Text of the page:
The concept of offering operations and maintenance (O&M) to solar asset holders is not new. A host of O&M companies now provide soup-to-nuts service for commercial and utility-scale PV plants. But none of these service providers is also an inverter manufacturer, much less one that offers a 99 percent inverter performance guarantee under their service plan.
Enter Chint Power Systems America and its Flex Gateway. CPS has been testing its new inverter service model for the past year and is now rolling it out with plans to have 50 MW under contract this year, and 100 MW next year, according to Ed Heacox, the general manager of the company’s Americas division.
“We know there is a breakdown in the solar industry around inverter performance, warranty and service. The current paradigm for warranties is antiquated, but what we are doing with our services stack can be game-changing for customers,” Heacox says.
Indeed, unplanned solar plant repairs can cost owners up to $3,000 per megawatt each year (based on an average-sized solar power system of 50 MW), according to an October report from GTM Research. Overall, the solar industry will see $16 billion of unplanned repairs over the next five years, projects GTM’s Leila Garcia da Fonseca.
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“We’re primarily offering service more to new projects; if the equipment is not ours, we are not offering service contracts,” Heacox notes. Still, there is an option for solar power plants that have inverters from one or more of the half dozen inverter suppliers now out of business. CPS provides repowering service in addition to its O&M activity, and also plans to offer battery storage later this year.
Growing ‘regional spokes’
To serve the entire U.S. O&M inverter service market, CPS has established regional spokes for its Texas-based hub.
“We are investing in trained, action-oriented, customer-centric regional service technicians. They are equipped with vans, parts, tools and spare units for high speed resolutions. This field team has direct, easy-access relationships with customers,” explains Heacox. “We have 25 people doing service operations, which is a competitive weapon.”
In California, for example, the company has two roving field service techs driving stocked vans up to 5,000 miles per month. The company also has some return merchandise authorization infrastructure in Pomona, Calif., along with a tech team based in Pleasanton, Calif.
“The regional field team is backed by our Texas technical support hub and repair/analysis lab. This site is an RMA processing and analysis lab, with technicians and engineers. This also is our field dispatch center, technical support call hub and 24-hour, high-speed RMA logistics operation,” Heacox says.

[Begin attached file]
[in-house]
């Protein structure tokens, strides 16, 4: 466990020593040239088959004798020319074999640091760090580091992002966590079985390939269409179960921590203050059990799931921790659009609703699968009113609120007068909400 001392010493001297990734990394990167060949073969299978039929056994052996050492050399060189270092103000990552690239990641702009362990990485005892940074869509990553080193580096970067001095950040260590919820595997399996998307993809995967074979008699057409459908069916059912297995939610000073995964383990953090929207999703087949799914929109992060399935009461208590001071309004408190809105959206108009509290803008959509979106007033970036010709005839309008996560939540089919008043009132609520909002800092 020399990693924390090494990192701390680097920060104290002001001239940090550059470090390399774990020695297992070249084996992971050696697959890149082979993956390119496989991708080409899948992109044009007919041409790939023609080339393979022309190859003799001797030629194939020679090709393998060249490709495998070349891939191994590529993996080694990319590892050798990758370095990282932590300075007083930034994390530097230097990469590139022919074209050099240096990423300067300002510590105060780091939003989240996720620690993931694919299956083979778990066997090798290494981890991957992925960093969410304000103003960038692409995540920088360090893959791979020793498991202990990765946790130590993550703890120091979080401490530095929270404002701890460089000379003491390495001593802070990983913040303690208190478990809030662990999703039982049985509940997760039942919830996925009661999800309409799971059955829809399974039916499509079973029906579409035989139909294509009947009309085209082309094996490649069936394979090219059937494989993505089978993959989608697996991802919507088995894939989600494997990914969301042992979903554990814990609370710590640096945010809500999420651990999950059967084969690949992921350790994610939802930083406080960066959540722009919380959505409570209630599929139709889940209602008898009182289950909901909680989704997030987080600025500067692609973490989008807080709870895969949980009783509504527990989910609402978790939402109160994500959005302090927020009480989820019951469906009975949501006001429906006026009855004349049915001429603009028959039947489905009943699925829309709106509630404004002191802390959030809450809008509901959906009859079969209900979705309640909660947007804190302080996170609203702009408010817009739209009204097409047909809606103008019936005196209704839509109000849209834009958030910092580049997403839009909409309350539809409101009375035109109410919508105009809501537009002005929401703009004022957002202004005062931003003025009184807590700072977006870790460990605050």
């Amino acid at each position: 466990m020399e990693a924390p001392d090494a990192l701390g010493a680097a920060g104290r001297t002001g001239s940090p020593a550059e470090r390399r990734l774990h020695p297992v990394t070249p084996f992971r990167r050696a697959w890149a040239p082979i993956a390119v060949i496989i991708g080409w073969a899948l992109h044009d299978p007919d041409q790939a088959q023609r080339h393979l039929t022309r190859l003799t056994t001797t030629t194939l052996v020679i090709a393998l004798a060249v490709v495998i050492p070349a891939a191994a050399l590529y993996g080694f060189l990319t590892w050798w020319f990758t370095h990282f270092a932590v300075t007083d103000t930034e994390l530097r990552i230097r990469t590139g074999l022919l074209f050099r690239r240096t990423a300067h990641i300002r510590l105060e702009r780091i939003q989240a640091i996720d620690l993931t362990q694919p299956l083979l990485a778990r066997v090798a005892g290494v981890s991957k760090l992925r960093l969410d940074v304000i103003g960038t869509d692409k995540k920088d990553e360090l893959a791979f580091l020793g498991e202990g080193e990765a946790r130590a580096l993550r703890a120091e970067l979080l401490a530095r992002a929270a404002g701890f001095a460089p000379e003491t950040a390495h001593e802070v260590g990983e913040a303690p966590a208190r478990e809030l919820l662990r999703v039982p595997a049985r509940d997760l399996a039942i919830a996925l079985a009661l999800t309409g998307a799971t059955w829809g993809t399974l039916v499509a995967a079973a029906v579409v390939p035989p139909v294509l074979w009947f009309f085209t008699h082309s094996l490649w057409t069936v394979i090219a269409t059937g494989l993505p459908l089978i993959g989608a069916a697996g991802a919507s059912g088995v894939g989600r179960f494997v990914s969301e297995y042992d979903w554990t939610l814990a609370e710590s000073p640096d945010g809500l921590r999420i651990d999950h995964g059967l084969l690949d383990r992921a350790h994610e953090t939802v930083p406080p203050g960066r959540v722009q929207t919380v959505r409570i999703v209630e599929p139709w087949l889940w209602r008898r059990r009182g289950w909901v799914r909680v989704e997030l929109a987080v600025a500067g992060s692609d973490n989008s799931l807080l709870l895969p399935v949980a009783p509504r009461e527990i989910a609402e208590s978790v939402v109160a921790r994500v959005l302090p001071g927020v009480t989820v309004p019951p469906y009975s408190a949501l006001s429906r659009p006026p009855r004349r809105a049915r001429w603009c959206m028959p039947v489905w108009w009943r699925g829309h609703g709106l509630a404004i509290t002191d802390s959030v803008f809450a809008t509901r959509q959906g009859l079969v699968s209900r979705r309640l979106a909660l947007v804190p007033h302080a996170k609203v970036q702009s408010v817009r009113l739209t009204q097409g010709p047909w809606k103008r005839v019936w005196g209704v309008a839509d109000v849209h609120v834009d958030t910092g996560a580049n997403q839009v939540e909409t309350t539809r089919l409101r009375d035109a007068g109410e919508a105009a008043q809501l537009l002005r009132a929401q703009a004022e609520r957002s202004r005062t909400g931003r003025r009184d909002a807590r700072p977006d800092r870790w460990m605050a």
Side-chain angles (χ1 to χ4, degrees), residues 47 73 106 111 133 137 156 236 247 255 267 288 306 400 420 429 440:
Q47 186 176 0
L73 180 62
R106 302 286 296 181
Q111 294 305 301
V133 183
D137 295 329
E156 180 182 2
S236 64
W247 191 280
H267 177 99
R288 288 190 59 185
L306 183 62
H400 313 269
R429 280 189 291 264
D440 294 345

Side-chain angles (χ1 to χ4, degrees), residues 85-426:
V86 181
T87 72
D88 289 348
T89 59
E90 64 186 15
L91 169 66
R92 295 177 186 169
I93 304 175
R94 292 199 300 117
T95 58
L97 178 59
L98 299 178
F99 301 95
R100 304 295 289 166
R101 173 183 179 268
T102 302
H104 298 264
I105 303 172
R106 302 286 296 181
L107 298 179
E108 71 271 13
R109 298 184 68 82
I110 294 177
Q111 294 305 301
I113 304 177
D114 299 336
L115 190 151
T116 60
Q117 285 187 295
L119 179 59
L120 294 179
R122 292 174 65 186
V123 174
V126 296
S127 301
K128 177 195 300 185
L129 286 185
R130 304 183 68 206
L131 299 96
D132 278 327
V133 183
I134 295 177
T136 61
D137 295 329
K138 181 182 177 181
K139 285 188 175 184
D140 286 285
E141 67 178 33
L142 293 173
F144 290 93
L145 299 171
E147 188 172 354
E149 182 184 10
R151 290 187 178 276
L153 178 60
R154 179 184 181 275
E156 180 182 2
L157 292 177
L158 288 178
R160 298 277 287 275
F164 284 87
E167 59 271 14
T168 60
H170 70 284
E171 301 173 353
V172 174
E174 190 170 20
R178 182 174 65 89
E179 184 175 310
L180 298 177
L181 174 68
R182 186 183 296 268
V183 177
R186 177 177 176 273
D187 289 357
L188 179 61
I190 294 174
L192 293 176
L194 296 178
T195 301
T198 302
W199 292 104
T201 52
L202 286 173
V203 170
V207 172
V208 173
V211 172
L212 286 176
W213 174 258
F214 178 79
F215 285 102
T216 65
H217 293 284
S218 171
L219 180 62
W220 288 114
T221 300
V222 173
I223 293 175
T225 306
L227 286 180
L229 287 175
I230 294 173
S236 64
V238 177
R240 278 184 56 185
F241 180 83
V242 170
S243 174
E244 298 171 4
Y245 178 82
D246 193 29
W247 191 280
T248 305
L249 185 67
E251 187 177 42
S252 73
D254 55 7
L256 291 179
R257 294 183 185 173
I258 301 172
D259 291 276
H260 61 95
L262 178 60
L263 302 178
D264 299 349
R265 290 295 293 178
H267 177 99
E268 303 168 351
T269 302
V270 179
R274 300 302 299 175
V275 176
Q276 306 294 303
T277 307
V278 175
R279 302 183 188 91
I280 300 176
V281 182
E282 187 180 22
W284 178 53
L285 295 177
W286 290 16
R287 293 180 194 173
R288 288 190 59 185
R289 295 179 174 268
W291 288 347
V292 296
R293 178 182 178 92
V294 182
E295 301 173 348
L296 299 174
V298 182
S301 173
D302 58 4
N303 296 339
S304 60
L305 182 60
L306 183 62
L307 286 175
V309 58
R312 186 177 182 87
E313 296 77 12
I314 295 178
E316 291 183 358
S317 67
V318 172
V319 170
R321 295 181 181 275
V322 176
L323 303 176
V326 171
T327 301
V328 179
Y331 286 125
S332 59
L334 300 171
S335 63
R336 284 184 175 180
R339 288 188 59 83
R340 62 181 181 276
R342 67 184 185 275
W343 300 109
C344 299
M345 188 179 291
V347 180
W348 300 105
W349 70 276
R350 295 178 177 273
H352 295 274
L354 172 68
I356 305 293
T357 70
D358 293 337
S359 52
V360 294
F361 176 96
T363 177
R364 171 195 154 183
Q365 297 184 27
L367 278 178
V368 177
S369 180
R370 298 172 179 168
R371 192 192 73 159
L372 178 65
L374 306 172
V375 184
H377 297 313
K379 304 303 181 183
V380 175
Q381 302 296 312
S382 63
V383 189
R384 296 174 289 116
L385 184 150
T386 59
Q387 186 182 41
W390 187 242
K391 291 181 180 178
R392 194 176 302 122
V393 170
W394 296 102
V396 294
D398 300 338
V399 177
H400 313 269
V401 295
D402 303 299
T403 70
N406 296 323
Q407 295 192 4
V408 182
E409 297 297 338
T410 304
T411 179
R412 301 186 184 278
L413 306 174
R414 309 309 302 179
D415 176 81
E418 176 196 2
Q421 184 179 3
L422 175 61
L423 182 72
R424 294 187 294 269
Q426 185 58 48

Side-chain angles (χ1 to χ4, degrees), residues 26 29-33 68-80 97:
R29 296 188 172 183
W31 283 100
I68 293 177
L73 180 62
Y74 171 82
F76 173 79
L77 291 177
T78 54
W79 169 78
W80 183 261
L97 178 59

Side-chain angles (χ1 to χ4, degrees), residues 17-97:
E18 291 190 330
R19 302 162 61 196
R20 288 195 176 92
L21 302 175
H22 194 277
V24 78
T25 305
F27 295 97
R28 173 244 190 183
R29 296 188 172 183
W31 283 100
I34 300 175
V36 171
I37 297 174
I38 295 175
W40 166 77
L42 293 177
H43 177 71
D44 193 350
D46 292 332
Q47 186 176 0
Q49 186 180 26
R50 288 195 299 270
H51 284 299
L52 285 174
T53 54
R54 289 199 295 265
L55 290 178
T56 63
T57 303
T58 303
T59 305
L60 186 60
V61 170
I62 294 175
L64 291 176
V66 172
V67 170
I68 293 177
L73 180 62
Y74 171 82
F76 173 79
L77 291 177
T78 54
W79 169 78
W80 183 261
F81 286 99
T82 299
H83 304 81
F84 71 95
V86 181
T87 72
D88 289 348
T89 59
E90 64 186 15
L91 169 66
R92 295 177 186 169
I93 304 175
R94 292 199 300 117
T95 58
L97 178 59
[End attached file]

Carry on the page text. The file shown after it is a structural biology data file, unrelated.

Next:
Key feature: Flex Gateway
The latest version of the company’s Flex Gateway technology is key to the service offering.
“We’re very close to adding a 4G cellular feature that includes both website and mobile app access,” points out Heacox. “Flex offers two-way interactivity for data monitoring, diagnostics, remote control, reset, and firmware upgrades. The technology enables so much more than the old-school cliche of just monitoring; dynamic interactivity presents a whole new language.”
CPS found during its test period that the role of the customer is a “huge factor,” Heacox notes. “EPCs, smaller installers, other O&M service providers, owners, banks and utilities each have a different orientation and thus different interest levels. So we are offering our service to touch every level of role.
“Because we offer an uptime guarantee that a customer can trust, that provides the customer with a firm number to use in financial calculations, which can produce a better investment return number,” Heacox opines.
Size helps CPS provide its warranty and guarantee. Overall, CPS has 85,000 units in operation in the United States, with many of them installed for almost 10 years, he indicates.
“We’ve provided 3.5 GW in the U.S., and last year we shipped just under 1 GW,” he adds.
The company boasts that it is No. 1 in the C&I solar inverter market, and has a 30 percent share of the market for all segments combined. CPS is also a subsidiary of an $8 billion publicly-traded company in China, which provides the financial wherewithal for inverter warranties.
This is just the start
The market for solar O&M service is booming. Annual solar plant O&M costs will double from nearly $4.5 billion in 2019 to over $9 billion in 2024, according to GTM.
“Process automation can help the industry optimize technician time in the field, as well as other areas,” GTM suggests. “Technician efficiency is already rising, as measured by how many megawatts of solar capacity can be served by a single technician, and that trend is expected to continue. Technicians used to be able to service only 20 megawatts of solar capacity. Now it’s possible for a single technician to serve 40 to 60 megawatts — more than doubling their efficiency in some cases.”
Does CPS worry that turn-key O&M service providers will knock off its inverter service?
“No,” says Heacox. “Instead, we think that the turn-key providers will look to us for our part in their overall service, so we won’t really compete. We are now building a network of O&M firms and training them virtually, and have plans for hands-on training in Texas, starting this year.”
Charles W. Thurston is a contributor to Solar Builder magazine, covering the solar industry from Northern California.
— Solar Builder magazine